Electronic and vibronic interactions at weakly bound organic interfaces: The case of pentacene on graphite

Pavel B. Paramonov, Veaceslav Coropceanu, Jean-Luc Brédas
2008 Physical Review B  
The electronic and vibronic processes at the interface between a pentacene monolayer and a graphite surface were characterized using a combination of density-functional theory ͑DFT͒ and dynamic vibronic coupling simulations. The electronic interactions were evaluated at the DFT level first between the highest occupied states of pentacene and the graphite surface, as well as among the pentacene molecules within a monolayer. The former are found to be ca. four times stronger than the latter for a
more » ... an the latter for a parallel molecule/surface geometry. A dynamic vibronic model was used to analyze the interplay between the electronic and electron-vibration couplings and their effects on spectroscopic characteristics. The agreement between the simulated and experimental photoelectron spectra underlines the importance of weak electronic interactions on the vibronic coupling at the interface. Understanding of electronic processes at the interfaces between conjugated organic compounds and electrically conducting surfaces is of considerable interest in the fields of organic electronics and optoelectronics. 1,2 While chemically bound interfaces such as those formed by self-assembly of organic thiolates on the gold surface 3,4 have been studied at the atomistic level, 5-7 interfaces characterized by weak longrange attractions between molecules and a surface have not yet received the attention they deserve from the theoretical standpoint. Recently, it was shown that the interaction between an organic monolayer and a substrate can result in a strong substrate-mediated electronic coupling between the molecules within the monolayer. 8 High-resolution ultraviolet photoelectron spectroscopy ͑UPS͒ measurements of pentacene molecules physisorbed on the graphite surface reveal that the monolayer-substrate interactions can also affect the vibrational structure of the ionization spectrum. 9 In this regard, it is useful to recall that the line shape of the first ionization band can be directly related to the polaron binding energy ͑reorganization energy͒, a key ingredient in the description of charge transport ͑hole transfer͒. 10-12 The analysis of the UPS data suggests an increase of about 20% in the reorganization energy ͑hole-vibrational coupling͒ of pentacene at the interface compared with that estimated from the pentacene gas-phase UPS spectrum. 9 In this Rapid Communication, we address the nature of the electronic and electron-vibration interactions and their impact on the UPS spectrum and reorganization energy for a weakly bound interface formed by pentacene molecules physisorbed on the graphite surface. Our first goal is to develop a methodology capable of describing electronic coupling in weakly bound systems, based on a molecular picture. In addition, we study the interplay between electronic and electron-vibration interactions as reflected in the vibrational fine structure of the first ionization. Using our methodology, we simulate the UPS spectrum for the pentacene/graphite interface and find excellent agreement with the experimental data of Yamane et al. 9 One of the challenges for structural predictions of weakly bound systems lies in accounting for long-range electron correlation. 13,14 High-level correlated methods such as coupled cluster calculations provide accurate energetics and geometry for weakly bound systems 15 but at a very high computational cost. Therefore, the use of empirical potentials derived from applications of such methods to small-size systems is an efficient means of geometry predictions for the larger systems of practical interest. Importantly, we note that while less expensive density-functional theory ͑DFT͒ methods may give inaccurate geometry predictions for weakly bound complexes, they can provide a reasonable picture regarding state mixing and electronic couplings. 12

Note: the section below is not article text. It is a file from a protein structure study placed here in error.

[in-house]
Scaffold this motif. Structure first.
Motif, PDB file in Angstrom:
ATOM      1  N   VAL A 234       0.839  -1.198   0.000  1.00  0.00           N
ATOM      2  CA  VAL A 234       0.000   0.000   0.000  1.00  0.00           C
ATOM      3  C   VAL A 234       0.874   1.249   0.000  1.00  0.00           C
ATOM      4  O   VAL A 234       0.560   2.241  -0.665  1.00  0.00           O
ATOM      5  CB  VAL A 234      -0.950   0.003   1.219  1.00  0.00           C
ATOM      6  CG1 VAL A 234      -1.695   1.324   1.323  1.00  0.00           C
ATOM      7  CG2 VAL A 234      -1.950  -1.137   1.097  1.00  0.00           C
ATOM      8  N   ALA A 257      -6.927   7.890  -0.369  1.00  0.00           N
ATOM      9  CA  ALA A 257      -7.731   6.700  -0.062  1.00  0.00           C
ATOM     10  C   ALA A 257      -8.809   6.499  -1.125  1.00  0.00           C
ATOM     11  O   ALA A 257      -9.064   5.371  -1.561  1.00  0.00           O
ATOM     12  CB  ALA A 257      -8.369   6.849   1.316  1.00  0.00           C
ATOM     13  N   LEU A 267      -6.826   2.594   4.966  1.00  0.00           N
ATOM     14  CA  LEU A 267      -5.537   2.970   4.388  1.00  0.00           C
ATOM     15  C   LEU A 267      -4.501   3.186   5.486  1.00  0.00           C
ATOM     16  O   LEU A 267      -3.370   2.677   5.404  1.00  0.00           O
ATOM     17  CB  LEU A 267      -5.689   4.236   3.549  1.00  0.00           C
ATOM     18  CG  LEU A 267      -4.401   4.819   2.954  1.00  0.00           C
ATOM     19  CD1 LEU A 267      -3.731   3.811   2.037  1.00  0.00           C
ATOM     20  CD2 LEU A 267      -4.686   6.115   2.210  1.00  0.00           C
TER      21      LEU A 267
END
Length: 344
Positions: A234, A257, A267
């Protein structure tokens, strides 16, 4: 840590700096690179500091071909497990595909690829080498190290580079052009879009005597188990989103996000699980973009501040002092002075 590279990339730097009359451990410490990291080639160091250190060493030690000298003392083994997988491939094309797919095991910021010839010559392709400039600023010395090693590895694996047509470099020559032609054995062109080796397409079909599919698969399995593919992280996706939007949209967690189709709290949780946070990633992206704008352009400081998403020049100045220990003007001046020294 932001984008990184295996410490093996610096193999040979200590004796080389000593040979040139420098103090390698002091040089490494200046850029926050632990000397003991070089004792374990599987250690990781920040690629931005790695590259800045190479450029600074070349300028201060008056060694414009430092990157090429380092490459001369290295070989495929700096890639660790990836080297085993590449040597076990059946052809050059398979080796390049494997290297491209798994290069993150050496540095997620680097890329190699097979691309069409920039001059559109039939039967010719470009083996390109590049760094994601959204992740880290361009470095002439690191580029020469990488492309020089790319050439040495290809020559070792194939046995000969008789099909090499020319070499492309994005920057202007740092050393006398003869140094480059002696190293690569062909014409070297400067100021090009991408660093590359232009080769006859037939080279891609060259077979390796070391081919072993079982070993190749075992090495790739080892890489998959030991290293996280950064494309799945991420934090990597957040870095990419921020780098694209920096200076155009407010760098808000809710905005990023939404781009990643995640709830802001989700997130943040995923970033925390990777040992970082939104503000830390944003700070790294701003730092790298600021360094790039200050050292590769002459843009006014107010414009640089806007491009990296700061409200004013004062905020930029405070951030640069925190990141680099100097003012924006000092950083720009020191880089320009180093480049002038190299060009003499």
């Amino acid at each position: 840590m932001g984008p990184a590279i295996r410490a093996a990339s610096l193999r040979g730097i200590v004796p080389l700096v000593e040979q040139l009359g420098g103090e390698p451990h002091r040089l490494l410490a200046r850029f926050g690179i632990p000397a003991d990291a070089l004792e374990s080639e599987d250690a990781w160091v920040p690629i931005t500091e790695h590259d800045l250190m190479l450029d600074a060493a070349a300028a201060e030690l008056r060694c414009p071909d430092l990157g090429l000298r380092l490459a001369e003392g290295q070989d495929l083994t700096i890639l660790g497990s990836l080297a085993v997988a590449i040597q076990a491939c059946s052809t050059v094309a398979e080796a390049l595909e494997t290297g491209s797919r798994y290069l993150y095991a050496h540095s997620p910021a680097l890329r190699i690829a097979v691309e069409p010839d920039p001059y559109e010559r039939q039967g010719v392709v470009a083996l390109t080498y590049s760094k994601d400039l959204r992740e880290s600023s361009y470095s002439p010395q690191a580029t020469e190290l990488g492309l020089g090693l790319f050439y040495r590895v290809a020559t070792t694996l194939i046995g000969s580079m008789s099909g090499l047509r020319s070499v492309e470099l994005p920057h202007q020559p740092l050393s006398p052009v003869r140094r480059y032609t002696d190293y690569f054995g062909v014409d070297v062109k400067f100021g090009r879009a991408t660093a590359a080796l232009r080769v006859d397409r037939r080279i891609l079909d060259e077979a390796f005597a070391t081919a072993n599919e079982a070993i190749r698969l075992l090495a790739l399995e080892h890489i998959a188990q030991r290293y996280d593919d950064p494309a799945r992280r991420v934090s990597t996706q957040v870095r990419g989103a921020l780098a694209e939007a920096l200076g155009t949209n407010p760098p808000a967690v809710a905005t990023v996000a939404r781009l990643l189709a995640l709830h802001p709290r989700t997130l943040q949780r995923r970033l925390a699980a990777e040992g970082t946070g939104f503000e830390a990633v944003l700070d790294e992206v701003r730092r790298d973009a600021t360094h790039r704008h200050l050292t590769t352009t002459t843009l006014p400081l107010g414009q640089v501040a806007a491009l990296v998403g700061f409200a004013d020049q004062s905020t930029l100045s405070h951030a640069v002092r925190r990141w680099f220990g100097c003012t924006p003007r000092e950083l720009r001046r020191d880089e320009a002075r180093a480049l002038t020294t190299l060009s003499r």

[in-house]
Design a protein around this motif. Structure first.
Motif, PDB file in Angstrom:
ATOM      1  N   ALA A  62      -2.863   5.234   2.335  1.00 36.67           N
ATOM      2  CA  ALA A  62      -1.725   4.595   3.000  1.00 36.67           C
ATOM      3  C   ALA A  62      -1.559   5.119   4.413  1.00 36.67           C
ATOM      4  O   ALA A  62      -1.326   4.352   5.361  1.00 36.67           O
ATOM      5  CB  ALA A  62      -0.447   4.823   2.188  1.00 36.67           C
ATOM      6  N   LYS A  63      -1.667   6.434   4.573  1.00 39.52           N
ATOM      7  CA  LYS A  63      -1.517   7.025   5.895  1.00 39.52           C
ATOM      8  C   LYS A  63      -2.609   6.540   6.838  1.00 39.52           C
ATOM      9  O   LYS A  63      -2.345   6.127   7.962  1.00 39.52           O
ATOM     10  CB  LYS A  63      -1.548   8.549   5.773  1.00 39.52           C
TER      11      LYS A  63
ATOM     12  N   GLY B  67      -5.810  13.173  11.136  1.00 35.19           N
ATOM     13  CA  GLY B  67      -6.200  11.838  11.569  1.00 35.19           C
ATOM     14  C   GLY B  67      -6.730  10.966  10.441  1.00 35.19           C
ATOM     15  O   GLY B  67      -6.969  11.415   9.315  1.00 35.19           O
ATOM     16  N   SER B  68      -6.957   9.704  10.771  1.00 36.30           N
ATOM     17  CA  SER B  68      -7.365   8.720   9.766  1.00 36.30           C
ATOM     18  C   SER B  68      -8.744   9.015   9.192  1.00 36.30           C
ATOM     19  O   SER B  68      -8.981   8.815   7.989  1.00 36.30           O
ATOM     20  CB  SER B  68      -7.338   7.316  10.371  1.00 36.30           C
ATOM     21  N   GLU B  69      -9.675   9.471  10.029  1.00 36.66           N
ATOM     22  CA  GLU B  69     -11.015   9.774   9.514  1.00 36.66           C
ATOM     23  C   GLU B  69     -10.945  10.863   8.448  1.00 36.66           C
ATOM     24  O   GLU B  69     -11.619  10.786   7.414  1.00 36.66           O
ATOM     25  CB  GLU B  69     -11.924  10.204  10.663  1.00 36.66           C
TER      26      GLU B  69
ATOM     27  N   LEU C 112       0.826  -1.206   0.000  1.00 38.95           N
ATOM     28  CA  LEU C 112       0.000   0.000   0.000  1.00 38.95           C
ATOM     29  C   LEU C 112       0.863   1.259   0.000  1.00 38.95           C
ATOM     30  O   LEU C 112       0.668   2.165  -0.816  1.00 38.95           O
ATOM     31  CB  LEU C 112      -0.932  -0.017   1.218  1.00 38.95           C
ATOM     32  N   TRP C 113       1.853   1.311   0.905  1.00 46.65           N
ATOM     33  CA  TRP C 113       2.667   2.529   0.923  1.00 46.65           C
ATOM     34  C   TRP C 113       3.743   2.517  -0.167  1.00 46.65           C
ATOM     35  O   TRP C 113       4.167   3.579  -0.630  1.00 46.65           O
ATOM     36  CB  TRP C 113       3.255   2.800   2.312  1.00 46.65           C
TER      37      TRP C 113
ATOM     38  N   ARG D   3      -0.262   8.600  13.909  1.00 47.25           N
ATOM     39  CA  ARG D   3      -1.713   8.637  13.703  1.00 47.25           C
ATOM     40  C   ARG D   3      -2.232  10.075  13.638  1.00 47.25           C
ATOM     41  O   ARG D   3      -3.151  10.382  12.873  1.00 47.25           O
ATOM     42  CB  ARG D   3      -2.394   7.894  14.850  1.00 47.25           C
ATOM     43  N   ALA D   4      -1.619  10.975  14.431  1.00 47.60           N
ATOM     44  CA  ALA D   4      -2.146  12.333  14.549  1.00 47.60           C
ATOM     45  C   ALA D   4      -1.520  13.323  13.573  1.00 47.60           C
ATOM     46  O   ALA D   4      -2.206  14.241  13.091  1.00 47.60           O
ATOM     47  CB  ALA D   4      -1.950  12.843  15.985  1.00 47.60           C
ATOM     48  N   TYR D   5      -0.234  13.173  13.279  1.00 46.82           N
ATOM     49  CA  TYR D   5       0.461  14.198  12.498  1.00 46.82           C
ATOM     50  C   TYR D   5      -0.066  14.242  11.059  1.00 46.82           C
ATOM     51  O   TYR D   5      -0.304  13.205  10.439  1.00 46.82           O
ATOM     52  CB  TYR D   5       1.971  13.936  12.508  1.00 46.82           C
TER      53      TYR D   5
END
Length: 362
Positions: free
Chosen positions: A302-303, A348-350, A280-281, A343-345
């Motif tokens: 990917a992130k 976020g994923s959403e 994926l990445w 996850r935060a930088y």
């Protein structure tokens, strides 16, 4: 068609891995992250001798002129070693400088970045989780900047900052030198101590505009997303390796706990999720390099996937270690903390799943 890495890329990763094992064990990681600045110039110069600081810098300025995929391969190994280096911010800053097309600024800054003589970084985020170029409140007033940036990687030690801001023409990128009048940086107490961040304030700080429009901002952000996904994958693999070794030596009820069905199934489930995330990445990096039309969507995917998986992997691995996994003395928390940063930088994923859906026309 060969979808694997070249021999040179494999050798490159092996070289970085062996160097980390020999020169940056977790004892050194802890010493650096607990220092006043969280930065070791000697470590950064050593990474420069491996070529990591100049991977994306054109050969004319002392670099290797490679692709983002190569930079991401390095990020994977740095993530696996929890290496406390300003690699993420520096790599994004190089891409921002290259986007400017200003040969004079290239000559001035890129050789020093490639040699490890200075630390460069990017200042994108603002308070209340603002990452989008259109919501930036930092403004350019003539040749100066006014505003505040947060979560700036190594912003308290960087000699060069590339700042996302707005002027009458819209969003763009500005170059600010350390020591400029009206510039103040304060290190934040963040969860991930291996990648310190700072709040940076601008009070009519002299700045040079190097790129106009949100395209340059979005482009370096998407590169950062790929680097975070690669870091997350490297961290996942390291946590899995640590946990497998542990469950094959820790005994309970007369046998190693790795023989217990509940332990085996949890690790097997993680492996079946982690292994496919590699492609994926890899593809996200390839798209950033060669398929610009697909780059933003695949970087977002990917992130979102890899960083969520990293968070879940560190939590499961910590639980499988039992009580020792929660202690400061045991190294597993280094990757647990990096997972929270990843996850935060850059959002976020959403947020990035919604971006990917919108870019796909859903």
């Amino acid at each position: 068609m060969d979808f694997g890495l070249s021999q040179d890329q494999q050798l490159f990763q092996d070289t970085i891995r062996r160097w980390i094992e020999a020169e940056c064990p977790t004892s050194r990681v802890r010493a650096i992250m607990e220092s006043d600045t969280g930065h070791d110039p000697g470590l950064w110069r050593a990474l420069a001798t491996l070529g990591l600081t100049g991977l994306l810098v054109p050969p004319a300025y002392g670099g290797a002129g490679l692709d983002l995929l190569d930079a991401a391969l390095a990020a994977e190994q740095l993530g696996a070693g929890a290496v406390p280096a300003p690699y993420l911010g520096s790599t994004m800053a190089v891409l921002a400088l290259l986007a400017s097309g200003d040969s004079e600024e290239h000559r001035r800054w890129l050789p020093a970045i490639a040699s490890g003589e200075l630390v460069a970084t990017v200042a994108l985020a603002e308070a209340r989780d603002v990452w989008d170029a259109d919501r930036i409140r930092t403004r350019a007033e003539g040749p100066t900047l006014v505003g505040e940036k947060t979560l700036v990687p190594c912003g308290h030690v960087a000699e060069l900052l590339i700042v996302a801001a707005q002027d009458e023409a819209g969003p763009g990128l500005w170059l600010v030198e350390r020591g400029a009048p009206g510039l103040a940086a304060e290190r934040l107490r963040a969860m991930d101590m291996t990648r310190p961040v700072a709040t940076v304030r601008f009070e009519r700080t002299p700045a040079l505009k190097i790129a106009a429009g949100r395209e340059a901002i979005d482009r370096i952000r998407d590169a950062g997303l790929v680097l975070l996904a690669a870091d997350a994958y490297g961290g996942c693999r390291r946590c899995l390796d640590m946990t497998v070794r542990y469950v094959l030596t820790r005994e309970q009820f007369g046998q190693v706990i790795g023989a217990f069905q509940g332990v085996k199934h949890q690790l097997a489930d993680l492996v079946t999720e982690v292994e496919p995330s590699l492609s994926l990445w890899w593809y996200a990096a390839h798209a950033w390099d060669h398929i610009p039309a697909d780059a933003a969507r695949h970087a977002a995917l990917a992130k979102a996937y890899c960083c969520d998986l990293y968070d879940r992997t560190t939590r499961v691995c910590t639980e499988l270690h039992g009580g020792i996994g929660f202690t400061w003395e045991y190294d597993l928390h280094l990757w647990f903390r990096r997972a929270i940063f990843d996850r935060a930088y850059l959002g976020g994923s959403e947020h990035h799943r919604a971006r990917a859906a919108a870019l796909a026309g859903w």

doi:10.1103/physrevb.78.041403 fatcat:iyounwls5fbnlgw7jymbmjdkle